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How To Make a Windproof Beach Shade Canopy DIY Sun Shade - V2 - Medium Size & Cordless Version

This beach shade design is supported by poles inserted into the ground and therefore does not need a sandbag and cord in front to hold it up. Using an 11ft by 9ft beach blanket provides up to 100 square feet of shade. To hold it in the sand, I used 2 beach umbrella lower poles from beach umbrellas that had been thrown away. The poles are 20ft of heavy-duty aluminum tent poles, although fiberglass tent poles could also work. The aluminum poles are stronger and corrosion-resistant. The leading edge pocket pass-through for the tent pole was made using strong double-sided fabric tape, so no sewing was necessary.

Watch the video to see how to set it up and how it's made.

Watch the video to see how to make it and assemble the beach shade.

Since this design does not use the sand bag and cord to keep it up or any anchors, it is not protected by the patents, and therefore can be DIY'd. There is prior art that exists of cordless shade designs like this that use poles in the ground for support. That prior art is even referenced by their patent. Beach Shade LLC (who was previously sued for selling a copy of the that used the sandbag and cord tied to the leading edge) have recently (in 2023) started selling something similar to this design. Beach Shade LLC uses sand screws that are similar to beach umbrella sand screws instead of beach umbrella poles. The sand screws are shorter and don't provide as much support for the tent pole arch as the beach umbrella poles do. Therefore the arch flexes a lot more in the wind than this DIY design shown here.


▶ 2 beach umbrella lower poles (harvested from old/broken beach umbrellas. They get thrown away all the time at the beach)


1 - Assemble the tent poles to 20ft length (leave out 3 sections if you bought the 25ft version). The tent poles are a kit and don't have the shock cord installed. You have to choose the length that you want by linking the sections together and then decide whether you want to use the shock cord or not.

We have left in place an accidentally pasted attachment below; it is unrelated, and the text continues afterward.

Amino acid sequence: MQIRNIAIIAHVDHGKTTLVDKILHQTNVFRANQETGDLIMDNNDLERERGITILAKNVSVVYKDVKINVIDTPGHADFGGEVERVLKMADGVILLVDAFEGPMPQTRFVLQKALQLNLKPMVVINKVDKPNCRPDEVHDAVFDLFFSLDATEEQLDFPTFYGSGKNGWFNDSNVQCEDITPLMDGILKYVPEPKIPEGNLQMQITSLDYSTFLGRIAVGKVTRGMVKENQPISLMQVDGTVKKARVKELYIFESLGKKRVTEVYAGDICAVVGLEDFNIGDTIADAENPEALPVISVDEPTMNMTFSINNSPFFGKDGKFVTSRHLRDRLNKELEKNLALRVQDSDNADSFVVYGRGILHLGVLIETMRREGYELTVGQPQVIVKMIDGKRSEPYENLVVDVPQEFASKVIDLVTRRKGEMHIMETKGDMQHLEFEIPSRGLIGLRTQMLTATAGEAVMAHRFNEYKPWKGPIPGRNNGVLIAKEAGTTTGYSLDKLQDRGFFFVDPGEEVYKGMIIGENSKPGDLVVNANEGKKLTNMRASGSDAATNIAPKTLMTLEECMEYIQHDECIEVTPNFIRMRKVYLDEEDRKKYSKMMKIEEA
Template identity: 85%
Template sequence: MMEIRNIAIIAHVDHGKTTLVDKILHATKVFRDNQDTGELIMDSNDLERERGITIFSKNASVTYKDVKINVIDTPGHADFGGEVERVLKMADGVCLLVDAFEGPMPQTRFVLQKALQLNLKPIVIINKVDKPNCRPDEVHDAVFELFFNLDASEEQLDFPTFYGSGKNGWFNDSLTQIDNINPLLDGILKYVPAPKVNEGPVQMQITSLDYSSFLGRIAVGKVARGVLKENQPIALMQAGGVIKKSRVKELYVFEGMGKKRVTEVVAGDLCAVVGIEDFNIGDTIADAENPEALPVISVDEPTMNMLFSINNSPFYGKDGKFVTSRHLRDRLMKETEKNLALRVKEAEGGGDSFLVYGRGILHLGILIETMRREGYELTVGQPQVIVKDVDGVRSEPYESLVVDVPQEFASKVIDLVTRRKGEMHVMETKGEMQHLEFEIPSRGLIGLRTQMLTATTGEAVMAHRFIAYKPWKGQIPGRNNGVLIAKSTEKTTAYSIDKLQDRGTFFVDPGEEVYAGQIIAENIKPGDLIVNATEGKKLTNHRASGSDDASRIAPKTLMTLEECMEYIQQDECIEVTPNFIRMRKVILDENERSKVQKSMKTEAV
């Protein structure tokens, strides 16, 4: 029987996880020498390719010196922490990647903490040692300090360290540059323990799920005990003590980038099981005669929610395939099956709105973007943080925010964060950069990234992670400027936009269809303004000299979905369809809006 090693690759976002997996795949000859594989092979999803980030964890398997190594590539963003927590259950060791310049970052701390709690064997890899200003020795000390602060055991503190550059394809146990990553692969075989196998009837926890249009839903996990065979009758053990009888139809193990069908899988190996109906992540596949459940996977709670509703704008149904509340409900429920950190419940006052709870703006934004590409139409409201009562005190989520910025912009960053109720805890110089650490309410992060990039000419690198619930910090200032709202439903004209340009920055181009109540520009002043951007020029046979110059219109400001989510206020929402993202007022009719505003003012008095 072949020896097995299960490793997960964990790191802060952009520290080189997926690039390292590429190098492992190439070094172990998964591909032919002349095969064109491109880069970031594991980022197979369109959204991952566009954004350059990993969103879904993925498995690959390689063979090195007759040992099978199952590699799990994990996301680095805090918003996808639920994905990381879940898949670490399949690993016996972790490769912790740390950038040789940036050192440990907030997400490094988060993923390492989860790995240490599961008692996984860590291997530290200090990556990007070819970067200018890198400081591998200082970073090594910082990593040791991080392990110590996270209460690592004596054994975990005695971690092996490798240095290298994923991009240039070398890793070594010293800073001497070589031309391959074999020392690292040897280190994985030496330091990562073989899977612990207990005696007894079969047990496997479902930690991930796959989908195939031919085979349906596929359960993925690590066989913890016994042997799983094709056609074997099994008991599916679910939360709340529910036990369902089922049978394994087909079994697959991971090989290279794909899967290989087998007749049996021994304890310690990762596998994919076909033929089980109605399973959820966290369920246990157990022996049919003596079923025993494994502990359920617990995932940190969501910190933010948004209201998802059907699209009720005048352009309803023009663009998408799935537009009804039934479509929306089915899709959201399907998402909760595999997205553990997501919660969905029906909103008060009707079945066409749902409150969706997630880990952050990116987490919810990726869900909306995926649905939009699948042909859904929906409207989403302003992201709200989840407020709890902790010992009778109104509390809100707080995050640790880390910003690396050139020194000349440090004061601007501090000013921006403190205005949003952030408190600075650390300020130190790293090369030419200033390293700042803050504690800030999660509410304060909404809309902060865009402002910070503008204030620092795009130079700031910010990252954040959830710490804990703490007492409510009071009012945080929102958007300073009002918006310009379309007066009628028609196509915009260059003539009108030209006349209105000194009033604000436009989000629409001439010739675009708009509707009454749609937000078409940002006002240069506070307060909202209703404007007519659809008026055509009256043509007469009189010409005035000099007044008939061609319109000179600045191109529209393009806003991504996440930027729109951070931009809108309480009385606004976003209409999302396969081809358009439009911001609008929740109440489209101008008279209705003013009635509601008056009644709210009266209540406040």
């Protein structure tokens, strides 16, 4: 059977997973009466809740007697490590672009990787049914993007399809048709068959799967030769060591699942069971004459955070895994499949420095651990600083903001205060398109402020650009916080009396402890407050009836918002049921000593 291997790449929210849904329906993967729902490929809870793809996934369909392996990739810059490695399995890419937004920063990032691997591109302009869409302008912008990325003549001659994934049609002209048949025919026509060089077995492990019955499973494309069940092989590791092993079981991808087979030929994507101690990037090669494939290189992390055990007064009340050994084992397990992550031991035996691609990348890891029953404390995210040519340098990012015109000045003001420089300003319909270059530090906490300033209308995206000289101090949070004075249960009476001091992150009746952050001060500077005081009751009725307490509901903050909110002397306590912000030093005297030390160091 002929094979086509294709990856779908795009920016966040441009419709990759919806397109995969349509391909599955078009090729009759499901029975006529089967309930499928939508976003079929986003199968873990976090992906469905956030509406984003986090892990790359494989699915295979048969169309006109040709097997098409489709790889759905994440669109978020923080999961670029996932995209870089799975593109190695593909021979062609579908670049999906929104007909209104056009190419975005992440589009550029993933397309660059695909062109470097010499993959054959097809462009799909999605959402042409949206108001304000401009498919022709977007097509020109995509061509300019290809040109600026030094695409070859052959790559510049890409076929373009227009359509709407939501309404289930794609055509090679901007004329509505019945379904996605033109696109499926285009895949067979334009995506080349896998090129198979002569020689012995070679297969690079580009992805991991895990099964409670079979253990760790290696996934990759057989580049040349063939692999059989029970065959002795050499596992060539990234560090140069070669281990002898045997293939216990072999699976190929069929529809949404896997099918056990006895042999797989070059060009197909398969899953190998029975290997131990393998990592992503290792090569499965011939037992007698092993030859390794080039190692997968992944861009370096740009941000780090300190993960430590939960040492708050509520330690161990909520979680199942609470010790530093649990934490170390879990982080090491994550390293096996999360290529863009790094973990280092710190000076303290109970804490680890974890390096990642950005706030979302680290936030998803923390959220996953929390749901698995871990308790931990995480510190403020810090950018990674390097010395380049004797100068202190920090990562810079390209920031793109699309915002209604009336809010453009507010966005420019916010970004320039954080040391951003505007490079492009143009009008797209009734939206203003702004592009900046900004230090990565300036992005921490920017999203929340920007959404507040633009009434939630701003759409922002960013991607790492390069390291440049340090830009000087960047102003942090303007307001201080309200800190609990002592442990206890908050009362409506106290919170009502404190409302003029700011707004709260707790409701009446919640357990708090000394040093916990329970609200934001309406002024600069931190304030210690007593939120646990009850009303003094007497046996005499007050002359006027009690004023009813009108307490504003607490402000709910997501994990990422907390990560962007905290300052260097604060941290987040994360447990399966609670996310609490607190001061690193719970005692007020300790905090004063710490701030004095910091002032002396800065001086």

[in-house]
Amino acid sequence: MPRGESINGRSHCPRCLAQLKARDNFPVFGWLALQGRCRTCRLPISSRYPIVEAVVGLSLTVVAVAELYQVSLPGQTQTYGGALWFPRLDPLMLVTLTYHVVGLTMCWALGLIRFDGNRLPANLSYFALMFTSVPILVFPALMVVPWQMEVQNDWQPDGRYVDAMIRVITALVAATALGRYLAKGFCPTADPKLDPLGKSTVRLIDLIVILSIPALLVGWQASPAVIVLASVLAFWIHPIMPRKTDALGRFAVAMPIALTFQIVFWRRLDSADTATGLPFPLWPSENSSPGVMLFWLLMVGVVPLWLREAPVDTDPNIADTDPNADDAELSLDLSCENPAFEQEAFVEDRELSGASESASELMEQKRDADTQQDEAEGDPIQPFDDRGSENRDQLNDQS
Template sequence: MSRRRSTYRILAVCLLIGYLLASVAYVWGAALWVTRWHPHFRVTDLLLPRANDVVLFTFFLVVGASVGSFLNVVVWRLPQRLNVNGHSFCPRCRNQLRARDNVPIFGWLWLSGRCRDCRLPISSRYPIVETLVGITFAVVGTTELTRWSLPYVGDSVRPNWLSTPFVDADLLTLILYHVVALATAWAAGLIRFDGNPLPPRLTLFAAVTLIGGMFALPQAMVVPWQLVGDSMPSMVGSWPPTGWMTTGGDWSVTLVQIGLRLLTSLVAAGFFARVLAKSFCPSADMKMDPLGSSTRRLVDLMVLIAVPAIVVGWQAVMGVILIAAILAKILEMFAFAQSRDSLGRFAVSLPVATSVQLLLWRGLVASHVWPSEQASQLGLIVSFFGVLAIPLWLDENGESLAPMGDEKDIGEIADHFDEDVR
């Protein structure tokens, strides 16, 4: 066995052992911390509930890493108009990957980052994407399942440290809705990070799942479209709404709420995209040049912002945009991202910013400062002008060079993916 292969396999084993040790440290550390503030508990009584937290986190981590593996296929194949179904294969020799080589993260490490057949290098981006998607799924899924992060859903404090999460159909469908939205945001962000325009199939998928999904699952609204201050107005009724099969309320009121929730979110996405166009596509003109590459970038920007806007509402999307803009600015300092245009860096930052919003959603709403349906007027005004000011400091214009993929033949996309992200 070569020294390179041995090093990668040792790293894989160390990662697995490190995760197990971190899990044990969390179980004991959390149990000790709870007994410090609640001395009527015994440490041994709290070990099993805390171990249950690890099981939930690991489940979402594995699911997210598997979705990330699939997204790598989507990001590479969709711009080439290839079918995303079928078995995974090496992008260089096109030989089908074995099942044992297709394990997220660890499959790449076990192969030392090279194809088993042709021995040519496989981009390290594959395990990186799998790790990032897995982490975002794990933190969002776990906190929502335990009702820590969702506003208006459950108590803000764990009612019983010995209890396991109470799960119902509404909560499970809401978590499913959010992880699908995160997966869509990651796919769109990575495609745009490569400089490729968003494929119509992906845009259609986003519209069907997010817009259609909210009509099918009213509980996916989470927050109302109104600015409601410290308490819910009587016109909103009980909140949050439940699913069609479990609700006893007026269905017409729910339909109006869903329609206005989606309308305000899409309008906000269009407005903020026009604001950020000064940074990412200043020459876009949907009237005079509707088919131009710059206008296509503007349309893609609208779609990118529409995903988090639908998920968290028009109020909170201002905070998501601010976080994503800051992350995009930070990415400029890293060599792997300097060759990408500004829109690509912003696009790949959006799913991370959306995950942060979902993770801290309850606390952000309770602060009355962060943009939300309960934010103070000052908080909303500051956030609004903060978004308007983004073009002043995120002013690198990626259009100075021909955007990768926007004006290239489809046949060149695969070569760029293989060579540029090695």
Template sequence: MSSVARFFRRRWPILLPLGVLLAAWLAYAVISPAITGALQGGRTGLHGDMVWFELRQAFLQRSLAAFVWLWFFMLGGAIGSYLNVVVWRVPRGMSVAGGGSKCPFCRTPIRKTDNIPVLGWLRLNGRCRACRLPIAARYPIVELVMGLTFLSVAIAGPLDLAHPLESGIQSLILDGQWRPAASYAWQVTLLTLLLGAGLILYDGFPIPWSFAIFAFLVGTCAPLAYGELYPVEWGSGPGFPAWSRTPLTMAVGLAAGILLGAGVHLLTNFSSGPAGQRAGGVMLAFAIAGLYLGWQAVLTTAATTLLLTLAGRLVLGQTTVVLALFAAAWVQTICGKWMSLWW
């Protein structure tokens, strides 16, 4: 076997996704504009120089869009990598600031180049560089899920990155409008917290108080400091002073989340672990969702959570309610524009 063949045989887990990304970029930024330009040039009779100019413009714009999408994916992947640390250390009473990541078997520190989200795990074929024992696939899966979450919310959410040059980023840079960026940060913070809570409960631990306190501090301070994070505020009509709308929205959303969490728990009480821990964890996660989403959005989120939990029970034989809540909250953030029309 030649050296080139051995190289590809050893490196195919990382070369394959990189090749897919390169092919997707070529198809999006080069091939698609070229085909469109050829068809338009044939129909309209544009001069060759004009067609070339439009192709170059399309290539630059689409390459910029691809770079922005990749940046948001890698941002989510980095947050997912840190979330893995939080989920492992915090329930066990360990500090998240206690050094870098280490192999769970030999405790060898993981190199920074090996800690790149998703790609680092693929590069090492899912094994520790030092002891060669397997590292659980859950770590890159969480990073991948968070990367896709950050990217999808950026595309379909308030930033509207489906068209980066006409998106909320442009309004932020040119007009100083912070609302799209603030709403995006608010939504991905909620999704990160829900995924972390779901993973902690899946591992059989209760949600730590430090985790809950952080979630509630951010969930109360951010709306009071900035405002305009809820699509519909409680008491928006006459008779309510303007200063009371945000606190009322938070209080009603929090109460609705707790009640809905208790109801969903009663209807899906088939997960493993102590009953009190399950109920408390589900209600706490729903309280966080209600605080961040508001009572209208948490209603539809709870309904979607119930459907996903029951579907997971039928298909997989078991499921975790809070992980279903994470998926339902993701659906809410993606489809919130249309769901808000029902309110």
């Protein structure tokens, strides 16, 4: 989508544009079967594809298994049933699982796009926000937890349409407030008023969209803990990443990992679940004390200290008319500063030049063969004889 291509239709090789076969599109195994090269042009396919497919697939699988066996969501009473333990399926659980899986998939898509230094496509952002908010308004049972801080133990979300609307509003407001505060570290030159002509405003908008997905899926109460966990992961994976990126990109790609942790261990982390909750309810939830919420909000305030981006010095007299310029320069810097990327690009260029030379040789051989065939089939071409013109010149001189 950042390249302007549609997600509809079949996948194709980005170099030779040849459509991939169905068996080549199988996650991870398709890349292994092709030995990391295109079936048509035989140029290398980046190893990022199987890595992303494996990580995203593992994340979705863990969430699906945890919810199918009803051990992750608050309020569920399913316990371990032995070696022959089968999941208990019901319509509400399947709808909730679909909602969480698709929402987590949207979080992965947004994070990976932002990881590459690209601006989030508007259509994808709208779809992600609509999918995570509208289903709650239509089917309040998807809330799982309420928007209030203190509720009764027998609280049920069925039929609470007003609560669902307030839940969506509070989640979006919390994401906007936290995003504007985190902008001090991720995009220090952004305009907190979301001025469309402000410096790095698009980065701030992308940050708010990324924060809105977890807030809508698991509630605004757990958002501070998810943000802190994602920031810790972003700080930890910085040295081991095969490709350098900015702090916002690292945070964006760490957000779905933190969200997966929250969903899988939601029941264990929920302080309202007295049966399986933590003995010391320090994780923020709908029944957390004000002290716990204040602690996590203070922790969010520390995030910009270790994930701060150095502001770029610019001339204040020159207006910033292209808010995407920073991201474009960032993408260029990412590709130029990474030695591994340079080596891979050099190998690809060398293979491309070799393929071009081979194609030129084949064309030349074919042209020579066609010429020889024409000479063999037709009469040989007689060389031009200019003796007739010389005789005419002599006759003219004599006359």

2 - Cut off and remove the storage pocket and corner sand pockets from the beach blanket. Leave the tie-out straps in the corners of the blanket.

3 - Fold over about 2 inches of fabric on the front edge, and use the fabric tape to permanently hem it, leaving a pocket for the tent poles to slide through. No sewing is necessary. Press down firmly in the taped area to make sure it is fully bonded. I walked along the edge a few times to make sure proper pressure was applied.


1 - Slide the tent pole through the hem pocket you made earlier. Leave the fabric bunched up about 3 feet from one end.

2 - Use the Sand Gopher tool to make an angled hole for the beach umbrella lower pole (think about the angle that the arch will form when perpendicular to the wind).

3 - Slide the umbrella lower pole into the hole in the sand.

4 - Slide the end of the tent pole closest to the bunched up fabric into the umbrella pole in the sand.

5 - Bend the tent pole into an arch (perpendicular to the wind). Where the bare end of the tent pole meets the sand, use the Sand Gopher to dig another umbrella pole hole.

6 - Slide the umbrella lower pole over the bare tent pole end and insert into the hole in the ground.

7 - Slide the beach blanket fabric to center it on the tent pole arch.

8 - Use left over bungee cord to tie the leading edge beach blanket edges to the umbrella pole to keep the blanket stretched out.

9 - Enjoy!

10- If it needs to be repositioned because the wind direction has shifted, use the Sand Gopher to dig a new hole at one end, pull the umbrella pole out of the ground, and insert it into the new hole.


This is one of the prior art Non-Patent Citations on the Shibumi patent. There are a list of Youtube videos, but most no longer exist. The "How to setup a butterfly arch" video does still exist and shows a video of a decorative shade arch that uses poles/stakes inserted into the ground to support the arch.

This video was posted on May 26, 2012, years before the Shibumi patents were filed.

Screenshots from the video with date stamps were taken for the purpose of evidence of prior art in case this video should disappear from Youtube in the future.

Below you can see one of the legs and how it is anchored to the ground.

In the image below, they are shown hammering the pole/stake into the ground. This is the support piece for the ends of the shade arch.

Here's another better video by the same user that shows how to set up the sun shade and clearly shows the shade arch staked into the ground at the ends and the sail being supported by the wind. This video was posted on August 24, 2012, years before the Shibumi patents were filed.

They also use bungee elastic shock cords to pull the sail tight and anchored it to the post inserted into the ground such that the sail does not fly off.


The products shown here were purchased by me with the intent to use them. I did not receive any free items, and I am not being paid or compensated for this review. The video, description, and comments may contain affiliate links. If you click on a link, I may receive a commission. Money earned helps to support my channel and bring you more informative videos about engineering, crafting, and DIY.


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